Marshall V. Marshall Case

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Marshall 's estate appealed the bankruptcy court 's decision to the federal district court. Federal Judge David O. Carter found in his 2002 opinion that J. Howard had made "some preliminary efforts through his lawyers to draw up a new trust for Anna Nicole 's benefit." This enraged his son, who was much older than Anna Nicole, and who did not believe she was entitled to his father 's estate. He allegedly forged and altered documents in order to create a trust that only he would have the right to inherit upon his father 's death, and which over time he had begun funneling assets into. The $474 million she was awarded for E. Pierce 's interference with the estate was reduced to $90 million. In 2004, the Court of Appeals for the Ninth…show more content…
The next appeal was to the United States Supreme Court, who agreed to hear the Marshall v. Marshall case in 2006. In an unanimous decision, the Court 's opinion was that federal courts did have some degree of jurisdiction over probate matters. The justices remanded the case back down to the Court of Appeals for the Ninth Circuit for reexamination. When Anna Nicole died of a drug overdose in 2007, her former attorney and boyfriend, as well as the executor of her estate, Howard K. Stern, took over the litigation, which again made its way to the U.S. Supreme Court. The Court 's ruling in Stern v. Marshall (2011) barred bankruptcy courts from issuing judgments like the one Smith had been awarded by the Californian bankruptcy court. In its 5-4 decision, the Supreme Court found that "the Bankruptcy Court...lacked the constitutional authority" to enter judgment on her counterclaim against E. Pierce. More recently, a decision by U.S. District Judge David O. Carter may have ended the chances of Anna Nicole 's only heir, her daughter, to collect from E. Pierce 's estate. The judge dismissed an attempt to collect sanctions from the Marshall family over the tactics they and their lawyers had employed during the lengthy litigation over the estate. Dannielynn Birkhead, who once stood to inherit millions, could end up inheriting nothing despite her mother 's attempts to contest Marshall 's will, as well as her attempts to sue his son, and then his son 's estate, for…show more content…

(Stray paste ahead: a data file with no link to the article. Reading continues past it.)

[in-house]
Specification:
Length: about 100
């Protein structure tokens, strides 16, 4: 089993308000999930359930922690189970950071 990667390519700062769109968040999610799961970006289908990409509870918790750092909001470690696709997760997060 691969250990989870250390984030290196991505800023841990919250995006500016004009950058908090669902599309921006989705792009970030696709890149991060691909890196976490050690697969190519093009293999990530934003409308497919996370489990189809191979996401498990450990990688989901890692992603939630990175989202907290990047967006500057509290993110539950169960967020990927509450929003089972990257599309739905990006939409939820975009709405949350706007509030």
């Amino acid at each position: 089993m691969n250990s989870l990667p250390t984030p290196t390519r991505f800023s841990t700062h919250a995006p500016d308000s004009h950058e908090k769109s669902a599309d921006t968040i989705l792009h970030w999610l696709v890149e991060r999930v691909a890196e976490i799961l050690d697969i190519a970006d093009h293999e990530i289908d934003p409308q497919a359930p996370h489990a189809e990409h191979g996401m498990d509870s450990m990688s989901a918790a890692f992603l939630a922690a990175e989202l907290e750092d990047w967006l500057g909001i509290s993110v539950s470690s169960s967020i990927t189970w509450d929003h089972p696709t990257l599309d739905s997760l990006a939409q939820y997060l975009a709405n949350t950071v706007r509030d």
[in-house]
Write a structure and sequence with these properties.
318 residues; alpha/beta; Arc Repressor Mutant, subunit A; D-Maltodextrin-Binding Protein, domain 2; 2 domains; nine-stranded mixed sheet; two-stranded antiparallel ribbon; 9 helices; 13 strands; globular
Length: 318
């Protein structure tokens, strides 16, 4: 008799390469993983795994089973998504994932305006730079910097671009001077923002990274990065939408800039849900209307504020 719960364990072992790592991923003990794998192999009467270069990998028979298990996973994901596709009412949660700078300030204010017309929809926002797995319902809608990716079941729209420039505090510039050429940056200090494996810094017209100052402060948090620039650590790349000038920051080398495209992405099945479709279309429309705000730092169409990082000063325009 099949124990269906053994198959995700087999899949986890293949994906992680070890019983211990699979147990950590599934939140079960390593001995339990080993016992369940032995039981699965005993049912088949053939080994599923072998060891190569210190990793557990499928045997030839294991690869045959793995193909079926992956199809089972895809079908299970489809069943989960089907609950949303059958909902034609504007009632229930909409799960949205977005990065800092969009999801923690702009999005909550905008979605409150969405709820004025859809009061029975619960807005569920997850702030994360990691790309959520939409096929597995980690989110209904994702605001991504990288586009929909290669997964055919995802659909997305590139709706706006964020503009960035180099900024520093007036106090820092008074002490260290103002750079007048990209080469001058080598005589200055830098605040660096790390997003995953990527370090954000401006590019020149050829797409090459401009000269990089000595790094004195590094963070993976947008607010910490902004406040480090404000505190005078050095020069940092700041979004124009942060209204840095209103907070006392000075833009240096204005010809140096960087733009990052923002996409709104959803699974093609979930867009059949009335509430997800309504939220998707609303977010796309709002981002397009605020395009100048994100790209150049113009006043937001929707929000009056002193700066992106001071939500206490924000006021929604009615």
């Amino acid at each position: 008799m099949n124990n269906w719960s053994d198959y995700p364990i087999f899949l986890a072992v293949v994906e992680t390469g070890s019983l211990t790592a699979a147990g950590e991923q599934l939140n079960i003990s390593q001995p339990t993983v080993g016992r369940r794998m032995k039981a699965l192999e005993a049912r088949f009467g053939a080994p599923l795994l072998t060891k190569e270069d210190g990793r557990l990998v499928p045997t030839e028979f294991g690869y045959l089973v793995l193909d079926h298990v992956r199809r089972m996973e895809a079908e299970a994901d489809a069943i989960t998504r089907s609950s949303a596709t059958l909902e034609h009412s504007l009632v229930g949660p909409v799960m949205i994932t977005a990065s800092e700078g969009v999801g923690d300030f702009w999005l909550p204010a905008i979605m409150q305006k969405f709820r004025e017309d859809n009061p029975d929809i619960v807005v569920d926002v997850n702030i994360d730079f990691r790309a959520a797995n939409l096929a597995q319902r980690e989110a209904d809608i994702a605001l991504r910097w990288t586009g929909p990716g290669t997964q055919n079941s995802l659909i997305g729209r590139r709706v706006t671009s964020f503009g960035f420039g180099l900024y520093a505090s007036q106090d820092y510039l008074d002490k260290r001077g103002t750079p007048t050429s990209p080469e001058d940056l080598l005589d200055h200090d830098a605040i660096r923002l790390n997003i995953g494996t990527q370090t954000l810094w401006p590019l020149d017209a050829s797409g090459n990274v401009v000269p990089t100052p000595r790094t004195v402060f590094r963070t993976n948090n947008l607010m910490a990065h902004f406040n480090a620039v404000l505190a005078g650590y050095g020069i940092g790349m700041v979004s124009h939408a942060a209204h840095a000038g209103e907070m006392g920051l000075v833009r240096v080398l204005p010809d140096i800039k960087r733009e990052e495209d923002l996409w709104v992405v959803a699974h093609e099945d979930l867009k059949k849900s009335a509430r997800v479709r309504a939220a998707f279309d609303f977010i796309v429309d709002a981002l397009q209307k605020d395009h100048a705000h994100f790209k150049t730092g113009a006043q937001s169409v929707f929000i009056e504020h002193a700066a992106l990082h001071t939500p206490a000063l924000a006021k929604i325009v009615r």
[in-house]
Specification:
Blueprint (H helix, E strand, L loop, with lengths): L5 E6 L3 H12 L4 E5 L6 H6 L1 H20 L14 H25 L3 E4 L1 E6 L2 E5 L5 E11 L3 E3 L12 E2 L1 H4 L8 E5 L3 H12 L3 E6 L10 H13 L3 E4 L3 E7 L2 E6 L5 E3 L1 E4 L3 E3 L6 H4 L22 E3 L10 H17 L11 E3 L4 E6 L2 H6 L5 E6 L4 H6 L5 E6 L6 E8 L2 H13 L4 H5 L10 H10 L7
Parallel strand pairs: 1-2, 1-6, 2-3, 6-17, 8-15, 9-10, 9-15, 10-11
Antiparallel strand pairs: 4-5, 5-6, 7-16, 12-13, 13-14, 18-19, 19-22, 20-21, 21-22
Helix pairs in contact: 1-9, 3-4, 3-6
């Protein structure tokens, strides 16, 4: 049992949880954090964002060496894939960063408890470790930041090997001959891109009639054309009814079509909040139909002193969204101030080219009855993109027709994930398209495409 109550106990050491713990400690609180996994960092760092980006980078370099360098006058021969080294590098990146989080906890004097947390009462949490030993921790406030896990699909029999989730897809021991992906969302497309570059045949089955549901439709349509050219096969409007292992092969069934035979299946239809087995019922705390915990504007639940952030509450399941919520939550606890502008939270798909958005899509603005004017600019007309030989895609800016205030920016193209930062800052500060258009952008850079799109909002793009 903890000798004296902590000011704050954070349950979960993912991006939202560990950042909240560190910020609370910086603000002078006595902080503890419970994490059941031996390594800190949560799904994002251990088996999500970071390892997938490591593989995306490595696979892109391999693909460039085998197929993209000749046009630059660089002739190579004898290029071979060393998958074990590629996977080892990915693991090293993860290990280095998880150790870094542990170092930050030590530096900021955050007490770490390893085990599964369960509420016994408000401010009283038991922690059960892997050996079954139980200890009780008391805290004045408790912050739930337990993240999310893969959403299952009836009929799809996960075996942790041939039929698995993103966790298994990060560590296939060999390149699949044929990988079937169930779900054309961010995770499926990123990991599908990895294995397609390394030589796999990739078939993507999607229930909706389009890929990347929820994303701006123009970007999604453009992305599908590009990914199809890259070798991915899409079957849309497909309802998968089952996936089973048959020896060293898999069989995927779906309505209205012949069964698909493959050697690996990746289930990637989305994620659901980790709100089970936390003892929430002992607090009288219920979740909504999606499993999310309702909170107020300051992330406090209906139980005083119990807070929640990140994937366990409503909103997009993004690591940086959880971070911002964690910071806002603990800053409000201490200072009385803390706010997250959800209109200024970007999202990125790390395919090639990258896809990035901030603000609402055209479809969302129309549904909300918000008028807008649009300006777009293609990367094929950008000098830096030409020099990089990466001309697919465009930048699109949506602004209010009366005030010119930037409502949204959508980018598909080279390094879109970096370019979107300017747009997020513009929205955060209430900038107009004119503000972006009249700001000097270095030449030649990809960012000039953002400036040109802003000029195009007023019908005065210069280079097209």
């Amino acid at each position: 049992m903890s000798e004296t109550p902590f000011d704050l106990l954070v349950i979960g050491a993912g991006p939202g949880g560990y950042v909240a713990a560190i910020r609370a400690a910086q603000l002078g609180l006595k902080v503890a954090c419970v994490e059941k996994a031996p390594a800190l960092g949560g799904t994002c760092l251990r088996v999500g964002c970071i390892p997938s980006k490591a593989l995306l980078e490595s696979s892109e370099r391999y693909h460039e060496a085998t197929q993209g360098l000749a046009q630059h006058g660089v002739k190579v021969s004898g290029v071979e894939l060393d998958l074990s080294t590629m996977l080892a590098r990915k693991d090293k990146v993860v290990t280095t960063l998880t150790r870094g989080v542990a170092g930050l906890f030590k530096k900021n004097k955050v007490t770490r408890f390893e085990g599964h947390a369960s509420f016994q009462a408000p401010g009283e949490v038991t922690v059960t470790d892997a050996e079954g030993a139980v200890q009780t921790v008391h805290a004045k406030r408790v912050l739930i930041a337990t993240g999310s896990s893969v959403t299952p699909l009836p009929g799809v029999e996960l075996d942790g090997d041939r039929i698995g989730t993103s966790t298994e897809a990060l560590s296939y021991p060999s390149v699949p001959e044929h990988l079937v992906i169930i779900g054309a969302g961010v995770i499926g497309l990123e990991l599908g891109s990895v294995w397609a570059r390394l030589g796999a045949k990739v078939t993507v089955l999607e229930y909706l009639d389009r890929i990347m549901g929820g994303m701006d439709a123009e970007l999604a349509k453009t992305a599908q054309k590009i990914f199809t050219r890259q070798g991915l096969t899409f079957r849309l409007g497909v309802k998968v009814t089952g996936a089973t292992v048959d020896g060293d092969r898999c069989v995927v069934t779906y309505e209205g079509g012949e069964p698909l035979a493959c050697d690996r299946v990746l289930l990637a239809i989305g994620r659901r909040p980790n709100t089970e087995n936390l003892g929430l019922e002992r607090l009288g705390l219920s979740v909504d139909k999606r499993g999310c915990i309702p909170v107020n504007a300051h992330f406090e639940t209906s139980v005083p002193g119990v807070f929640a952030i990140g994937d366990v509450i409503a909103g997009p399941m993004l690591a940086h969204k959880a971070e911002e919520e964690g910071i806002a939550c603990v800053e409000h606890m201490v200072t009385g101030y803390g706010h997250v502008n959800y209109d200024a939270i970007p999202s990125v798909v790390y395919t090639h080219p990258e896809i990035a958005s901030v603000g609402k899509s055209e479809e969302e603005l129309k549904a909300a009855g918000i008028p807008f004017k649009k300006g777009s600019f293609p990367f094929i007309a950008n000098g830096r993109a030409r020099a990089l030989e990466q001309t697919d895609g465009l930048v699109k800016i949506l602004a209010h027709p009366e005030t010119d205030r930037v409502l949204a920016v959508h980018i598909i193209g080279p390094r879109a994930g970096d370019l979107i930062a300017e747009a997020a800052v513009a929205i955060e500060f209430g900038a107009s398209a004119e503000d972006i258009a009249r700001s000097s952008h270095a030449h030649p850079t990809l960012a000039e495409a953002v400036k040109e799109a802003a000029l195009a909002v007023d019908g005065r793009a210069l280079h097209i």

Singer James Brown, who died in 2006, also had his estate become the subject of a will contest and of several lawsuits. His will left the majority of his estate to a charitable trust that he intended to benefit needy children and also provided funding for his grandchildren 's educations. Although his will included a no-contest clause, several of his children and grandchildren sued to overturn the will and to remove the three executors he had appointed to his estate, claiming that Brown had been unduly influenced by his lawyers and managers. No-contest clauses preclude anyone who is named in a will from contesting it or else they stand to lose all assets that they otherwise would have inherited. Additionally, some of his family members claimed that they had discovered earlier wills showing he did not want to leave the bulk of his estate to charity. However, the absence of any mention of charitable trusts in his earlier wills does not necessarily prove that Brown had no intention to leave most of his estate to charity. Rather, his siblings ' argument seems to be a last-ditch effort to get their hands on something Brown did not
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